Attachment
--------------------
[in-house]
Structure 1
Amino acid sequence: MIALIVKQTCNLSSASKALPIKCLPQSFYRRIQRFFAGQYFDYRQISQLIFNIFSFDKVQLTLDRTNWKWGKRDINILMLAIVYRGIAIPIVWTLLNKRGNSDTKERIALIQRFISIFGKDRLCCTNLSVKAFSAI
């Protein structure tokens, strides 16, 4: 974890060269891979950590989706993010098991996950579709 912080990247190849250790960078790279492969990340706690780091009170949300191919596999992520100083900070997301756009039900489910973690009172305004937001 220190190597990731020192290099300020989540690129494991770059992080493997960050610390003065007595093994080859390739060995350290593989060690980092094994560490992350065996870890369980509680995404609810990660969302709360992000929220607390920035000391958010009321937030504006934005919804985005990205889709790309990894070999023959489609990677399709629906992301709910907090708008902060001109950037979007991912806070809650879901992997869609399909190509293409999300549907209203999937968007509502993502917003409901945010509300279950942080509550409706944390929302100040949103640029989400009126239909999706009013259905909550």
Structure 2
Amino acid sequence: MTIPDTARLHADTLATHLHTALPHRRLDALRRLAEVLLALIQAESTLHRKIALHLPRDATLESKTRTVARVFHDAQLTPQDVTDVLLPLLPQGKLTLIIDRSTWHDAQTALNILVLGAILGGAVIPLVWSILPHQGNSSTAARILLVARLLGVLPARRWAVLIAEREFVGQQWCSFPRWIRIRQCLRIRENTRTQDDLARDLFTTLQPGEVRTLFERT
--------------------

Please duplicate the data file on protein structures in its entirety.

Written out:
[in-house]
Structure 1
Amino acid sequence: MIALIVKQTCNLSSASKALPIKCLPQSFYRRIQRFFAGQYFDYRQISQLIFNIFSFDKVQLTLDRTNWKWGKRDINILMLAIVYRGIAIPIVWTLLNKRGNSDTKERIALIQRFISIFGKDRLCCTNLSVKAFSAI
């Protein structure tokens, strides 16, 4: 974890060269891979950590989706993010098991996950579709 912080990247190849250790960078790279492969990340706690780091009170949300191919596999992520100083900070997301756009039900489910973690009172305004937001 220190190597990731020192290099300020989540690129494991770059992080493997960050610390003065007595093994080859390739060995350290593989060690980092094994560490992350065996870890369980509680995404609810990660969302709360992000929220607390920035000391958010009321937030504006934005919804985005990205889709790309990894070999023959489609990677399709629906992301709910907090708008902060001109950037979007991912806070809650879901992997869609399909190509293409999300549907209203999937968007509502993502917003409901945010509300279950942080509550409706944390929302100040949103640029989400009126239909999706009013259905909550």
Structure 2
Amino acid sequence: MTIPDTARLHADTLATHLHTALPHRRLDALRRLAEVLLALIQAESTLHRKIALHLPRDATLESKTRTVARVFHDAQLTPQDVTDVLLPLLPQGKLTLIIDRSTWHDAQTALNILVLGAILGGAVIPLVWSILPHQGNSSTAARILLVARLLGVLPARRWAVLIAEREFVGQQWCSFPRWIRIRQCLRIRENTRTQDDLARDLFTTLQPGEVRTLFERT